Sauce (LES): Mangia Monday


  •  Why it’s worth it: Frank Prisinzano, the man behind Frank, Lil’ Frankies and Supper, opened this rustic LES spot with its own in-house butcher and grocery. Sauce is described as a nose-to-tail red sauce trattoria with a hip dimly lit vibe.
  • Vibe: This ‘straunt features tile floors, basic wooden chairs, bare tables and chandeliers dotted with cutlery. An open kitchen overlooks the main dining room and bar.
  • Ideal meal: Double garlic bread ($3); Passato di pomodoro (with handmade spaghetti alla chitarra) and grass-fed meatballs ($17)
  • F.Y.I.: All of Sauce’s meat is pasture-raised, anti-biotic free and locally sourced. The menu is driven by Frank’s belief that local, seasonal and sustainable ingredients should be affordable and accessible to all. In addition, the menu operates on a no waste principle, such that rather than simply buying the most popular cuts from a butcher, he takes in the whole animal and uses every part.
  • Address: Lower East Side, 78 Rivington St (Between Orchard and Allen)
  • Prices: $3-$18

Sauce on Urbanspoon


East End Kitchen (UES): Brunch

Trapped in Yorkville on a Saturday or Sunday morning and don’t know where to brunch? Or simply looking to try out your childhood enemy, green eggs and ham? Your UES brunch gem is: East End Kitchen.

East End Kitchen

  • Why it’s worth it/Vibe: Upper East Siders can now dig into seasonal American brunch plates (which come with a complimentary beverage) at this rustically elegant ‘straunt, which is heavily decorated with antique mirrors, schoolhouse lights and leather banquettes.
  • Ideal meal: Brunch pizza ($15, tomato basil sauce, mozzarella, parmesan, crispy bacon, two eggs any style) or green eggs and ham ($15, scrambled eggs, arugula pesto, country ham, roasted potatoes, toast)
    • Your brunch includes your choice of one of the following: Maplejack Apple Pie (house specialty cocktail), Sobieski Bloody Mary, Mimosa, Orange Juice, Organic Coffee, or SerendipiTea
  • F.Y.I.: This ‘straunt uses organic produce, sustainably sourced seafood and grass-fed meats.
    • If the line is long, put your name in and head east for a nice stroll on the East River Promenade.
  • People behind East End Kitchen: Husband-and-wife owners Allan and Diane Carlin are longtime neighborhood residents who open this ‘straunt because they wanted to fill a void of “casual” “thoughtful” ‘straunts in the area.
  • Address: Upper East Side, Yorkville, 539 East 81st Street (Between East End and York)
  • Prices: $8-$18

East End Kitchen on Urbanspoon

Mighty Quinn’s BBQ (East Village)

All other NYC BBQ ‘straunts are in the minor leagues compared to Mighty Quinn’s BBQ. This is the big leagues.


  • Why it’s worth it: Mighty Quinn’s spare ribs and brisket are instant conversation stoppers. They slow-cook their barbecue with hardwood only (no gas allowed) and serve meat that is raised on pastures or outdoors.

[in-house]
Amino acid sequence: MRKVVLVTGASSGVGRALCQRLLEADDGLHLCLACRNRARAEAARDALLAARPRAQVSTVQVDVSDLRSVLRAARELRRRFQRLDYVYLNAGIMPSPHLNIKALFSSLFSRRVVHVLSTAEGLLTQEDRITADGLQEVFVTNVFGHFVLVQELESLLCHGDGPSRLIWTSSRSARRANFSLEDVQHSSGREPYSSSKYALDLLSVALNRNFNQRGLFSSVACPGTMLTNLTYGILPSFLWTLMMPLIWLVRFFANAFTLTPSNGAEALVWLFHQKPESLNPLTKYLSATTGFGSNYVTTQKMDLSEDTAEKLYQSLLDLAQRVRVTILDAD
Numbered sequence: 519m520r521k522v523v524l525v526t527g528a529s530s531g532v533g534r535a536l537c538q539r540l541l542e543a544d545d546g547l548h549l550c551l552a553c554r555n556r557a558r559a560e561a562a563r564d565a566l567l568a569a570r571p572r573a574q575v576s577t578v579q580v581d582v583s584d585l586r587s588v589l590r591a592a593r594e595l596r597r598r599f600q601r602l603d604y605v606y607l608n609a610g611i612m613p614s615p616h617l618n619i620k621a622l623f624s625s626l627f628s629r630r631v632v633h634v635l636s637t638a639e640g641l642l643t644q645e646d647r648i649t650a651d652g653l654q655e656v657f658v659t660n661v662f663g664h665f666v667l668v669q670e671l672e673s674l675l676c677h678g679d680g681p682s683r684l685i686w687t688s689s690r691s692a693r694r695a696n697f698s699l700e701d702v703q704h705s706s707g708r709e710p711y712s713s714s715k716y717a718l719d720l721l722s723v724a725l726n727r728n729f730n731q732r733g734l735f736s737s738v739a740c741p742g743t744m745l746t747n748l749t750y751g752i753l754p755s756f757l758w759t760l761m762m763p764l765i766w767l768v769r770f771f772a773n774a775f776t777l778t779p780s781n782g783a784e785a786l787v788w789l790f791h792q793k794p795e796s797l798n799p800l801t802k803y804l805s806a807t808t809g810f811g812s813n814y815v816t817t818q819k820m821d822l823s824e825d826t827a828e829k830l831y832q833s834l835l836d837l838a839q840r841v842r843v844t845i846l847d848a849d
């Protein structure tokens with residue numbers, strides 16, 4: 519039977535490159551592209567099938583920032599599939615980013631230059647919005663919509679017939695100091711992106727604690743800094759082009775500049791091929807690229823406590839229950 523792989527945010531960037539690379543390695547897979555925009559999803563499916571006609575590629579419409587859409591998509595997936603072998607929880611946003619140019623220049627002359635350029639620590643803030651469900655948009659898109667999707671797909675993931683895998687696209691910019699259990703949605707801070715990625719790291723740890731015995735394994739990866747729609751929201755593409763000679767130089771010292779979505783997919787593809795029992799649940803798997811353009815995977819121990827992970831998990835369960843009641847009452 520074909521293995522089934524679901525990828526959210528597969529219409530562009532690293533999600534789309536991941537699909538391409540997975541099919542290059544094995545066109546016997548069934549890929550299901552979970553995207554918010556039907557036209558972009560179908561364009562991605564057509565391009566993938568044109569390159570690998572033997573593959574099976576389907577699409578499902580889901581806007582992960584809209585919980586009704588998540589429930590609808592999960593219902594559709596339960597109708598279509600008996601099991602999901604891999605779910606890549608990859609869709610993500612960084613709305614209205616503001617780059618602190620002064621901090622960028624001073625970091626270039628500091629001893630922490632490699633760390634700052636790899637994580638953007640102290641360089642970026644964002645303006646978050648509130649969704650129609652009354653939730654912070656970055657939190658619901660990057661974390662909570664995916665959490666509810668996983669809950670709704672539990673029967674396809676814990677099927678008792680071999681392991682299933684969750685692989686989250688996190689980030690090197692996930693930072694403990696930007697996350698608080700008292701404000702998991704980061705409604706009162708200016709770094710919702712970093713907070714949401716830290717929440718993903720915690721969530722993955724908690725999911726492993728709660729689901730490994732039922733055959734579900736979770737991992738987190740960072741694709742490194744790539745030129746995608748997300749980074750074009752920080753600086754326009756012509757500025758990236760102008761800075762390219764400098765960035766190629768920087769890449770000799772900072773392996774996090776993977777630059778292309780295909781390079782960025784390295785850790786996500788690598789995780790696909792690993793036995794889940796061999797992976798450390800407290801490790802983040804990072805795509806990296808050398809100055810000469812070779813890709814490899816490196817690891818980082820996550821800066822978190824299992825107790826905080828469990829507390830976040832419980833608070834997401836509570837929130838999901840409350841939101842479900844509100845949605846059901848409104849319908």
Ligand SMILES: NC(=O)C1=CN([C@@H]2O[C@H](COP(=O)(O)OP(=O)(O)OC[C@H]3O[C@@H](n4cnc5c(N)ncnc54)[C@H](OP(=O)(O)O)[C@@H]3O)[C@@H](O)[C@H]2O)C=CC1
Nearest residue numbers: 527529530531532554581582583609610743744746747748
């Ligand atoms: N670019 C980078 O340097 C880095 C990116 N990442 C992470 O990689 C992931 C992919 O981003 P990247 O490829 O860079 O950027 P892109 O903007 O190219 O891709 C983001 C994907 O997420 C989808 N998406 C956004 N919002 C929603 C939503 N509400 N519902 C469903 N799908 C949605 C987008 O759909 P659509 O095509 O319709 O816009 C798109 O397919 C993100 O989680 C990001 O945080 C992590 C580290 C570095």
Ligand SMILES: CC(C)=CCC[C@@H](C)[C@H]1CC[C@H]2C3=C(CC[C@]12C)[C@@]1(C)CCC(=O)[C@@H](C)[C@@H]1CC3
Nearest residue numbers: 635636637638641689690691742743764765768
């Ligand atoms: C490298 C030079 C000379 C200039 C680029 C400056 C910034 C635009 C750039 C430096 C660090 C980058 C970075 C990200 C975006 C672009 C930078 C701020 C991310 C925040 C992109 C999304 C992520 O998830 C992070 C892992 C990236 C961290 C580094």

• Vibe/Layout: The entrance to this ‘straunt is a glass garage door that opens on nice evenings. The reclaimed wood tables and stacks of oak, cherry and apple lend warmth to the inside of the ‘straunt, which is filled with a communal table, bar seating with windows for people watching on 6th Street and private seating.
  • Ideal meal: Brisket or spare ribs with a side of sweet potato casserole or pommes frites
  • F.Y.I.: There is no waiter service here; you order what you would like from the register and sit anywhere you please.
  • People behind Mighty Quinn’s: Mighty Quinn’s got its start as a stall at Smorgasburg, where pit master  Hugh Mangum, a drummer and cook who worked under Jean-Georges Vongerichten, drove each weekend hauling brisket he had smoked in Hunterdon County, N.J. The meat was deliberately, slowly sliced, and the lines were notoriously long.
  • Address: East Village, 103 2nd Ave (6th St and 2nd Ave)
  • Prices: Most meats, $7 to $8.50 a serving or $12 to $22 a pound; sides, $3 for small, $5.75 for medium, $11.25 for large

Mighty Quinn's Barbeque on Urbanspoon

Co (Chelsea): Mangia Monday

This is a “knead-to-know” spot in Chelsea. If you want to carb-out, Co. (pronounced Company, a word with Latin roots which refer to the phrase “with bread”) celebrates the communal dining experience with bread as the centerpiece of the meal.

Co final picture

  • Why it’s worth it: While at other pizza places, the ingredients are the focus, elevating the pie to the next level, here, the focus is the bread. It’s perfectly crisp and flavorful, and while the ingredients themselves aren’t unique, the combinations on some of the specialty pizzas are certainly different and special to Co.
  • Vibe/ Layout: The ‘straunt’s one room, organized around a long communal table, has a simple, clean prettiness thanks to pale white oak paneling and a lack of clutter. The front of the ‘straunt is paneled with big glass windows facing two directions, while the back of the room teases a peek of the kitchen.
  • Ideal meal: Meatballs ($13) and ham & cheese pie ($17) (pecorino, Gruyère, mozzarella, prosciutto, caraway)
    • The ham & cheese pie is covered in a thick layer of rich, salty dairy goodness (pecorino, buffalo mozzarella and Gruyère), layered with silky-thin slices of prosciutto and zipped with a sprinkle of caraway seeds.
  • People behind Co: Co. is under the direction of Jim Lahey, the owner of the Sullivan Street Bakery, where many ‘straunts buy loaves, rolls and focaccia. Jim Lahey trained as a sculptor before discovering his true doughy calling while living in Tuscany.
  • F.Y.I.: A small type line on the menu reads: “Our pies are not always round.” Let’s just say, JimLahey has been character, and there is no question that the dough has character.
    • Co. does not take reservations for parties less than 6. I’ve found if you arrive between 6 and 6:45, you shouldn’t have a problem getting a table.
  • Address: Chelsea, 230 Ninth Avenue (24th St and 9th Ave)
  • Prices: $4-$19

Co. on Urbanspoon